So choose your education, friends and the online places you hang around carefully. Toxicity breeds toxicity, kindness breeds kindness, joy breeds joy.

For your training – Stop thinking of the dog in terms of what you think they should do.

Not all dogs are Lassie. Not all dogs want to be friends with everyone. Not all dogs are cookie-cutter cases.

dog trainer interview freya locke - rough collie
Frankly, it’s time Timmy stopped falling in the bloody well!

Instead, see the dog in front of you – allow them their likes and help them to be ok with, but not necessarily have to interact with, the things they dislike. Work with THAT dog, instead of the one in your or your client’s imagination.

10. What do you enjoy most about being a dog trainer?

I love that moment when you see the lights go on in a dog’s eyes.

When they visibly learn something beneficial. When you can see progress and your client and their dog both smile at you as a result.

It’s that feeling you get right then when your client first truly believes that there is hope.

11. What do you think are the best ways for owners to bond with their dogs?

Doing things you both enjoy – games, sniffy walks, enrichment, chasing squirrels together, chilling out and listening to dog relaxation music… it doesn’t matter so long as you both enjoy it.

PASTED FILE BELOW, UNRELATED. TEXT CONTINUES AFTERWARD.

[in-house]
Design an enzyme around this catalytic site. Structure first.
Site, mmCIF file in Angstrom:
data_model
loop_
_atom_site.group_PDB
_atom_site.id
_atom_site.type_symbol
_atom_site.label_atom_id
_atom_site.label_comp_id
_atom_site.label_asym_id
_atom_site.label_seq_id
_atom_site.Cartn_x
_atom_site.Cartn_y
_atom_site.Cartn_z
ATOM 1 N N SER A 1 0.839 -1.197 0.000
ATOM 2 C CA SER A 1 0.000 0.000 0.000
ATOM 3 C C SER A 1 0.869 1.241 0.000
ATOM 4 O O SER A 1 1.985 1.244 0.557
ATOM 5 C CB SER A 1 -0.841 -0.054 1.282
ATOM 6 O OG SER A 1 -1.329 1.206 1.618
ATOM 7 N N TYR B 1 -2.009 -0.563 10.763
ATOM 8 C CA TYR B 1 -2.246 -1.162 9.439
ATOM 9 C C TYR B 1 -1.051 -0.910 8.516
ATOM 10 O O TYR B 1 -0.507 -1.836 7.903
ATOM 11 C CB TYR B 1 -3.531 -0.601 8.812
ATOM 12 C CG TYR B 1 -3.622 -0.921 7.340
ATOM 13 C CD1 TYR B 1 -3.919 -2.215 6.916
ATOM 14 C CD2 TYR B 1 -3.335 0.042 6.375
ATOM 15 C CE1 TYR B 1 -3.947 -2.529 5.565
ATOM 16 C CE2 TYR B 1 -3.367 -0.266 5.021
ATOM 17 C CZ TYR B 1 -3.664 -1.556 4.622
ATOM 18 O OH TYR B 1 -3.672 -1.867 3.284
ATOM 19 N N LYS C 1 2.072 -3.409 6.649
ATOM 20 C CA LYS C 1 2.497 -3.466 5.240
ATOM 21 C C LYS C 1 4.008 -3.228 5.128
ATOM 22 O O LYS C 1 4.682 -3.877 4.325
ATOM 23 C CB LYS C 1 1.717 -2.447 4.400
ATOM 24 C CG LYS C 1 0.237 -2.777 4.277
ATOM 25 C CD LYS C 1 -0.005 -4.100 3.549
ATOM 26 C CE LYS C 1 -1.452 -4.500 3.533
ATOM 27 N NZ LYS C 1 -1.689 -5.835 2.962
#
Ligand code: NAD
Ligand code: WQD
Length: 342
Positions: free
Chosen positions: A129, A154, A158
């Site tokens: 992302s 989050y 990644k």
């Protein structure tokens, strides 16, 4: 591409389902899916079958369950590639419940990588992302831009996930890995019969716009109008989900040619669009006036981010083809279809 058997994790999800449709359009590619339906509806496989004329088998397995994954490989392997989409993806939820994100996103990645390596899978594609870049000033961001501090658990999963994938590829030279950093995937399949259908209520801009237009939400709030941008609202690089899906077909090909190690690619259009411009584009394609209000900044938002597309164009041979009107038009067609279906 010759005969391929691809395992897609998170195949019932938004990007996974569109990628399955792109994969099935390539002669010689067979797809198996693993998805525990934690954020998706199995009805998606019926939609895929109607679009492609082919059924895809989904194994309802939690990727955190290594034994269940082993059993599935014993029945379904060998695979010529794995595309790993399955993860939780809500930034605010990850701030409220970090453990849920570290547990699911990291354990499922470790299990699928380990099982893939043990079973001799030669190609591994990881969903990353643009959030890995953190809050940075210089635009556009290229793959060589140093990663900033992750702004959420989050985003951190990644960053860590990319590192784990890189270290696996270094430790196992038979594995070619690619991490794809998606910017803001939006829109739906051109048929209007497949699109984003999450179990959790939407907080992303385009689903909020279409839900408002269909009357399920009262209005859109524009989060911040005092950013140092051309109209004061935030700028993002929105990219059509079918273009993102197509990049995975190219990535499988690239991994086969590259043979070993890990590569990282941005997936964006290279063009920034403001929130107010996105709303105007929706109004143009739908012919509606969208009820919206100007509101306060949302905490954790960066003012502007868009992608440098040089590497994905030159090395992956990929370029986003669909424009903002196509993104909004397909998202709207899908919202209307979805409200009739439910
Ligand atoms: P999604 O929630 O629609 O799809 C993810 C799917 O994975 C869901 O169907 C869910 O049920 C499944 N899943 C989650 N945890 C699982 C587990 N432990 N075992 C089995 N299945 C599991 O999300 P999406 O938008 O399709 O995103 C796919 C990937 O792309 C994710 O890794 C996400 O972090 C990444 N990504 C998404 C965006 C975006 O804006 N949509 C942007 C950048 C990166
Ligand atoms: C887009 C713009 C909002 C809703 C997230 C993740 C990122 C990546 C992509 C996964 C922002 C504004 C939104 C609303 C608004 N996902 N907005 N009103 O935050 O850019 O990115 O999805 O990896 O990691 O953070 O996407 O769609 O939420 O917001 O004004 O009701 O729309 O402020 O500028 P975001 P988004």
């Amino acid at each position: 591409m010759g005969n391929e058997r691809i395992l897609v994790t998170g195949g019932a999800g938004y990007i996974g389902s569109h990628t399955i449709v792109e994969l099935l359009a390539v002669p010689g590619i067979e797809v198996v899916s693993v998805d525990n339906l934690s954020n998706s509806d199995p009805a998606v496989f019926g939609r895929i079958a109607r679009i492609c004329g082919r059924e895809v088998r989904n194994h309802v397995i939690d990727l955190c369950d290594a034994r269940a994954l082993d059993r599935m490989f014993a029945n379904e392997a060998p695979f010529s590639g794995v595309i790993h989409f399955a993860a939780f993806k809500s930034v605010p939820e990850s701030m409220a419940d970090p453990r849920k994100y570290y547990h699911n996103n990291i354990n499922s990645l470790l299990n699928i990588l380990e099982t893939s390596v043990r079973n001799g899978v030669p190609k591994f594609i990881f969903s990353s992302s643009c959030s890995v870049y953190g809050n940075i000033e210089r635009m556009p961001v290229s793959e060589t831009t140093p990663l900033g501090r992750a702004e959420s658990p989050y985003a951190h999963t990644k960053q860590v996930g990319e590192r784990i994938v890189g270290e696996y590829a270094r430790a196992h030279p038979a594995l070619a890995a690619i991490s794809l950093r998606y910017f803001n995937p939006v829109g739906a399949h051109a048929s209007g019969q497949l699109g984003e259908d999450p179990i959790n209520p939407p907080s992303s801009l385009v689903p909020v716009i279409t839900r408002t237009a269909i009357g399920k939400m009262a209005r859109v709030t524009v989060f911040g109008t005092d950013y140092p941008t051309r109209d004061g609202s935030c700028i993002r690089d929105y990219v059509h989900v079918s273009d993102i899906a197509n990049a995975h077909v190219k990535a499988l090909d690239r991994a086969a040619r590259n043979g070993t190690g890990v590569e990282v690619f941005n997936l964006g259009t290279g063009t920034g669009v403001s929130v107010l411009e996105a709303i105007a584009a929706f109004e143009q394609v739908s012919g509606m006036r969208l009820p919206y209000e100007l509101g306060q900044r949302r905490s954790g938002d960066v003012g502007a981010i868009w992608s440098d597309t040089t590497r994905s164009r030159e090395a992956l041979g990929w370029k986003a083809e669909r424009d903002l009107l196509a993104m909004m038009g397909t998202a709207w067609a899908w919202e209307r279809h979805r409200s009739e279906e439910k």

Let them on the sofa and on the beds too if it makes you both happy.

It doesn’t have to be about being on our best behaviour, perfect obedience, and being like a robot dog.

Be their friend, not their master.

12. What aspect of training do owners usually find most difficult? And how do you help them deal with this?

Letting go of old ideas and habits.

Things that people were taught to do years ago with their dogs, that are really ingrained, they can get almost defensive about – especially if they used old fashioned methods a lot with their old dogs…

Also, giving up on the idea that dogs “should” behave in certain ways, simply because they see dogs on tv or in the park who do.

The client sometimes needs help to learn that dogs are entitled to their personalities, abilities, likes and dislikes as an individual. When you work with the individual dog, rather than the idea of the dog, you will get much better results than you will get by trying to force a round peg into a square hole.

13. Where do you see your career with dogs heading? Do you have any plans or ambitions that you can share?

I want my Fun Not Fear® app and membership to grow.

It is still very much in its infancy, but it is something I really want to make work. I love it and know it has the potential to be really useful for people.

I would also like for Locke’s Dogs to keep growing.

My client base is getting bigger, and one day I would like to have our very own field to act as a base for our training operations, as well as provide an area for my anxious clients to exercise their dogs.

14. And finally, if you could travel back in time to the point when you began your dog training career – would you still do it? If not, why not? If so, is there anything that you would do differently?